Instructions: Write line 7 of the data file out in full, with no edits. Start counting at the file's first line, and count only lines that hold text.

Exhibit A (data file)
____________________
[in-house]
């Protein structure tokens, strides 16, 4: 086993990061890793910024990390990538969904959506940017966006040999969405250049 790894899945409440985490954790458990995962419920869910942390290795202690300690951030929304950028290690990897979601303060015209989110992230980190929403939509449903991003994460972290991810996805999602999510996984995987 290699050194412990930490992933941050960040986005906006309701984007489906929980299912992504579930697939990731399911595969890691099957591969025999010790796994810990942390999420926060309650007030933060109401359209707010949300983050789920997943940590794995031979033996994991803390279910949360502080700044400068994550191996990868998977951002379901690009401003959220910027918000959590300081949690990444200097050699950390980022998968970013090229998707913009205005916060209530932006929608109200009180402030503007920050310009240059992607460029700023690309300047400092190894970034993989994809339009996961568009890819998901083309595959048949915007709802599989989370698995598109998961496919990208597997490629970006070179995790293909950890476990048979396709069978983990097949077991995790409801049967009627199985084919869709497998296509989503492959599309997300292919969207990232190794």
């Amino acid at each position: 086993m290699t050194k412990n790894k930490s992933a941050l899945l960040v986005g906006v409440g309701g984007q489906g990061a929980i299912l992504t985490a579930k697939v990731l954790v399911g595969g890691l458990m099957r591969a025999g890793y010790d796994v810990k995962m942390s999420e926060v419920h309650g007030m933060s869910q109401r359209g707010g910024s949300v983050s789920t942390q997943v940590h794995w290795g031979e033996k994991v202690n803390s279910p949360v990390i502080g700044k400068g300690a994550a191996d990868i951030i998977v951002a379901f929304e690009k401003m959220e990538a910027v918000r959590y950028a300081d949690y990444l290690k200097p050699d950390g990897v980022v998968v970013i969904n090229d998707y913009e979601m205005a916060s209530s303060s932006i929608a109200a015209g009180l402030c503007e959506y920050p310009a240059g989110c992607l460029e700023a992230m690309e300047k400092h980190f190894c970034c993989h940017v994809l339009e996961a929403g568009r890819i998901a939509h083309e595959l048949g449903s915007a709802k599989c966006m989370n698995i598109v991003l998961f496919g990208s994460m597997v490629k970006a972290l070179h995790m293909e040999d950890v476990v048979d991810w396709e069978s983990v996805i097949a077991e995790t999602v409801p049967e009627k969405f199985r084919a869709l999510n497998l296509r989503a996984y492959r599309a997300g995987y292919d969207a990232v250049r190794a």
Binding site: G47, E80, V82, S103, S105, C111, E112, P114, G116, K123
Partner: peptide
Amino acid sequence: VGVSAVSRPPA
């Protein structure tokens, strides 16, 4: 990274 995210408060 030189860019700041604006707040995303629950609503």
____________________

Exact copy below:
């Protein structure tokens, strides 16, 4: 990274 995210408060 030189860019700041604006707040995303629950609503």